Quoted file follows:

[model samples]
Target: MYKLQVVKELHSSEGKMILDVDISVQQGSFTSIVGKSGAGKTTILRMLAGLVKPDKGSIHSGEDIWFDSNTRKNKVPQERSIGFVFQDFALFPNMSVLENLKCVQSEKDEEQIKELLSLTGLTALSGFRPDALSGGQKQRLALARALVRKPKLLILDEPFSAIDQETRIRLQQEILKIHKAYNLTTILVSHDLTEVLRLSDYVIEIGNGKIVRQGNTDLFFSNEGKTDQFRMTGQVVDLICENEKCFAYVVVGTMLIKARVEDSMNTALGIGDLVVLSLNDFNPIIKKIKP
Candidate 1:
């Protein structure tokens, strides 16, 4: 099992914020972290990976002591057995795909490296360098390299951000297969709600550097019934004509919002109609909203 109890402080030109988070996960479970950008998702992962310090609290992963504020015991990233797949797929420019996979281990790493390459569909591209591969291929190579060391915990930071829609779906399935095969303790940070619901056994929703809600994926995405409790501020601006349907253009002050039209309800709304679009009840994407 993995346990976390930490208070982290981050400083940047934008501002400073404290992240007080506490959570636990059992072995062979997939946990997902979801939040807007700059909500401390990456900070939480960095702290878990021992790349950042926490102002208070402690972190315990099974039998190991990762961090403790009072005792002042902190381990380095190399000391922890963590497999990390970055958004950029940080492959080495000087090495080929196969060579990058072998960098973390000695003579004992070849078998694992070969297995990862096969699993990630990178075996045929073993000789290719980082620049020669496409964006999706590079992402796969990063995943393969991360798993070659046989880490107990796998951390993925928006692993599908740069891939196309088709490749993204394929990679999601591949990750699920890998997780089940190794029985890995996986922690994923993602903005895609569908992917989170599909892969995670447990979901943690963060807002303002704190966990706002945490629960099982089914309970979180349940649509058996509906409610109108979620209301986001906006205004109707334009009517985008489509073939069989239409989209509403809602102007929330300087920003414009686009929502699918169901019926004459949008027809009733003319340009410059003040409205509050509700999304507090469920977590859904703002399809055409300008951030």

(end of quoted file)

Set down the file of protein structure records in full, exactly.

[model samples]
Target: MYKLQVVKELHSSEGKMILDVDISVQQGSFTSIVGKSGAGKTTILRMLAGLVKPDKGSIHSGEDIWFDSNTRKNKVPQERSIGFVFQDFALFPNMSVLENLKCVQSEKDEEQIKELLSLTGLTALSGFRPDALSGGQKQRLALARALVRKPKLLILDEPFSAIDQETRIRLQQEILKIHKAYNLTTILVSHDLTEVLRLSDYVIEIGNGKIVRQGNTDLFFSNEGKTDQFRMTGQVVDLICENEKCFAYVVVGTMLIKARVEDSMNTALGIGDLVVLSLNDFNPIIKKIKP
Candidate 1:
């Protein structure tokens, strides 16, 4: 099992914020972290990976002591057995795909490296360098390299951000297969709600550097019934004509919002109609909203 109890402080030109988070996960479970950008998702992962310090609290992963504020015991990233797949797929420019996979281990790493390459569909591209591969291929190579060391915990930071829609779906399935095969303790940070619901056994929703809600994926995405409790501020601006349907253009002050039209309800709304679009009840994407 993995346990976390930490208070982290981050400083940047934008501002400073404290992240007080506490959570636990059992072995062979997939946990997902979801939040807007700059909500401390990456900070939480960095702290878990021992790349950042926490102002208070402690972190315990099974039998190991990762961090403790009072005792002042902190381990380095190399000391922890963590497999990390970055958004950029940080492959080495000087090495080929196969060579990058072998960098973390000695003579004992070849078998694992070969297995990862096969699993990630990178075996045929073993000789290719980082620049020669496409964006999706590079992402796969990063995943393969991360798993070659046989880490107990796998951390993925928006692993599908740069891939196309088709490749993204394929990679999601591949990750699920890998997780089940190794029985890995996986922690994923993602903005895609569908992917989170599909892969995670447990979901943690963060807002303002704190966990706002945490629960099982089914309970979180349940649509058996509906409610109108979620209301986001906006205004109707334009009517985008489509073939069989239409989209509403809602102007929330300087920003414009686009929502699918169901019926004459949008027809009733003319340009410059003040409205509050509700999304507090469920977590859904703002399809055409300008951030």